How to Use Snap Caps

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Snap caps are dummy rounds designed to mimic the look and feel of live ammunition. For marksman, police officers, hunters and recreational shooters, snap caps protect their weapon's firing pin from deterioration (that could lead to breaking) during dry-firing. Dry-fire exercises help improve marksmanship and targeting by allowing users to fire an unloaded weapon while working on reducing anxiety and flinching during a quick-draw situation. Dry-firing can also let someone test a weapon's "action" (its rate and method of fire) before buying it. You can purchase snap caps or make your own.

Remove all live ammunition from your weapon. If you shoot with a carbine rifle, remove and empty the clip, then check and empty the barrel. If using a bolt-action rifle, work the lever to eject any rounds. If you plan on dry firing a shotgun, empty both the barrel/s and the pump-action. Finally, if you're going to use snap-caps in a pistol, take any bullets out of the clip or revolver chamber and then double-check the chamber for live rounds.

Insert a snap cap into your pistol, rifle or shotgun. You don't have to fill the clip or the chamber. However, if you plan on multiple dry-fire attempts, using a number of snap caps will help you avoid the interruption of re-loading the snap caps and then regaining concentration.

Find a safe aiming point. Theoretically, you can dry fire your weapon anywhere. However, in case of manufacturer defect (in the snap caps), or a weapon malfunction, find a point that's clear of obstacles, valuables or flammables, and use that as your dry-fire target.

Set up a target. If using a range, hang one at the distance at which you'd like to practice quick-sighting your weapon. If practicing in non-range conditions, you can either set up a target or aim at an object (such as a can).

Assume your firing stance, pointing your body downrange toward the target. You can conduct dry-fire drills with a holstered weapon, holding a rifle or shotgun across your chest or with the gun already sighted downrange. If using a pistol, set up to fire your gun as if you were using live ammunition.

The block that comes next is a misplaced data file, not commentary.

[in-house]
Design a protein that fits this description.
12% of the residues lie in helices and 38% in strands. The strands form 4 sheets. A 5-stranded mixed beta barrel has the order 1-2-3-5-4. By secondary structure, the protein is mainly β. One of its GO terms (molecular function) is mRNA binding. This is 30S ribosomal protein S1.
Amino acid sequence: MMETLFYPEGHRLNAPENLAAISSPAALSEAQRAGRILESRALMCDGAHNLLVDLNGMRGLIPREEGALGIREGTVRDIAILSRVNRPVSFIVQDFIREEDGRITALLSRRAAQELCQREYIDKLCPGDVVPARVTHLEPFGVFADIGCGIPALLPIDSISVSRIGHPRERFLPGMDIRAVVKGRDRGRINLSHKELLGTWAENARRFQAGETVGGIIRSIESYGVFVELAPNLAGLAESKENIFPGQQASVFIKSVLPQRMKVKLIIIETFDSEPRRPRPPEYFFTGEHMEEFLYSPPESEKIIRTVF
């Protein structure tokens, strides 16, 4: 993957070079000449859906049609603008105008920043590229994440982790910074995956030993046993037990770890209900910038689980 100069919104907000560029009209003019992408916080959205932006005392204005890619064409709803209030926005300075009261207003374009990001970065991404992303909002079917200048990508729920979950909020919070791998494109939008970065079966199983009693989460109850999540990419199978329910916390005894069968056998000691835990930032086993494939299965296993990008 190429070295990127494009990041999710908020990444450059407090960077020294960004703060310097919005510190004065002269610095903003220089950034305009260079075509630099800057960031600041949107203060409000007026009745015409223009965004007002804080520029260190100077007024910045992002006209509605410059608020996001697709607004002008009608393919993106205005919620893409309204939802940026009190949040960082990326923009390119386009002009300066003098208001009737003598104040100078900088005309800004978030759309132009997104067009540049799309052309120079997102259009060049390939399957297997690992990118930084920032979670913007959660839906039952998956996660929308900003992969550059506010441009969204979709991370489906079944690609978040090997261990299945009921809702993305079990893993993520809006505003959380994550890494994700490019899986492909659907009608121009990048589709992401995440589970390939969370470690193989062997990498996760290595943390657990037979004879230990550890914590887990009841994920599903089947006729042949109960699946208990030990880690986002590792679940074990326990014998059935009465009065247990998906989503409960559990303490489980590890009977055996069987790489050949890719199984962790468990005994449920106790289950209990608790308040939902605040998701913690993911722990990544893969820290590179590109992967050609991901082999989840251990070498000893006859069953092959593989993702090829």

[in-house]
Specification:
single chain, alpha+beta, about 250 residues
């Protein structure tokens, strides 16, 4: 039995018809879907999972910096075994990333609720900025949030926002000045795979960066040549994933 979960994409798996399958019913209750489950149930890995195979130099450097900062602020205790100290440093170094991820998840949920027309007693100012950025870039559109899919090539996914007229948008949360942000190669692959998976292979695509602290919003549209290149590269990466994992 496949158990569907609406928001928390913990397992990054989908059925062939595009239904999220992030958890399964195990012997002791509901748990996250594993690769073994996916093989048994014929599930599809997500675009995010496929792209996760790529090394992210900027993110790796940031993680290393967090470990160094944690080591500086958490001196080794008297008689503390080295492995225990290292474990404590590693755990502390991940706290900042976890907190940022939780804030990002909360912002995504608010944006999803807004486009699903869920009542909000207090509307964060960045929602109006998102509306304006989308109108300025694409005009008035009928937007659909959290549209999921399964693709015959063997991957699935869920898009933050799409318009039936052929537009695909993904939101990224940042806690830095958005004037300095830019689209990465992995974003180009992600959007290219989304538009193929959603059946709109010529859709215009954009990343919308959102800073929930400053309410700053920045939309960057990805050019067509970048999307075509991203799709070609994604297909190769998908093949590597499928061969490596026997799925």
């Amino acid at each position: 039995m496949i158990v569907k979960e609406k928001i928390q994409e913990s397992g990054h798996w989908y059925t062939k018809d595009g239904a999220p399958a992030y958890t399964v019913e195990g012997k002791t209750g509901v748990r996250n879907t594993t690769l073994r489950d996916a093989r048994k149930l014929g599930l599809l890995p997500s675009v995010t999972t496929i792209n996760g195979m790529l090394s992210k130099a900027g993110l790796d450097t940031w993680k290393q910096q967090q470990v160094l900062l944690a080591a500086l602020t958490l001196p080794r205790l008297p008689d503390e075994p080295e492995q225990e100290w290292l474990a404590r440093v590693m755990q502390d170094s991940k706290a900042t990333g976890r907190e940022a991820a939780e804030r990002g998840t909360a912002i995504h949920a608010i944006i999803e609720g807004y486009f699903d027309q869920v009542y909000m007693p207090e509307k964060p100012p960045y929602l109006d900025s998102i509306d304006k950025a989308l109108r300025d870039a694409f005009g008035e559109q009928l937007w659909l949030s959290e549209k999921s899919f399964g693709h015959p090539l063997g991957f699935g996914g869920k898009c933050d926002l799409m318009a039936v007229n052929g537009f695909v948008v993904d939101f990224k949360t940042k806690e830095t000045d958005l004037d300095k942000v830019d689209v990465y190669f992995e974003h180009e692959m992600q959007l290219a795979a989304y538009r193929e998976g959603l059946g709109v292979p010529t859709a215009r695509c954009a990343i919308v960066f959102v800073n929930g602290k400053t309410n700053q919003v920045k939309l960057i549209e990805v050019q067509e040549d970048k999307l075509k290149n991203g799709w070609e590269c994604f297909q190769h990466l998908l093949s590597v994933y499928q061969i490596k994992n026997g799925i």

Dry fire your weapon. If you are practicing your aim after a quick draw, draw your weapon, aim quickly at the target and pull the trigger until the hammer strikes. If using a rifle or shotgun (for hunting training), imagine that you've just seen the target, then raise your rifle or shotgun, sight and fire.

Remove the snap caps from your weapon and store them in a safe, dry place. According to Guns Magazine's Jim Gardner, some snap caps will last up to 3,000 dry fires.


  • It cannot be stressed enough: Double-check your weapon to ensure that it contains no live ammunition. Many shooting accidents occur during dry-fire exercises because the user has not thoroughly emptied his gun.


  • If you want to really master flinching when firing your weapon, an advance drill involves using a mix of snap caps and live rounds inserted randomly into your pistol, carbine or shotgun. In this drill, you would follow your normal firing procedure, and must focus on maintaining calm and control of the weapon when firing (because you don't know if you will discharge a live round or click on an empty snap cap). However, while you can dry fire anywhere, for safety purposes only perform this drill on a range.


About the Author

Since 2005, James Rutter has worked as a freelance journalist for print and Internet publications, including the “News of Delaware County,” “Main Line Times” and Broad Street Review. As a former chemist, college professor and competitive weightlifter, he writes about science, education and exercise. Rutter earned a B.A. in philosophy and biology from Albright College and studied philosophy and cognitive science at Temple University.

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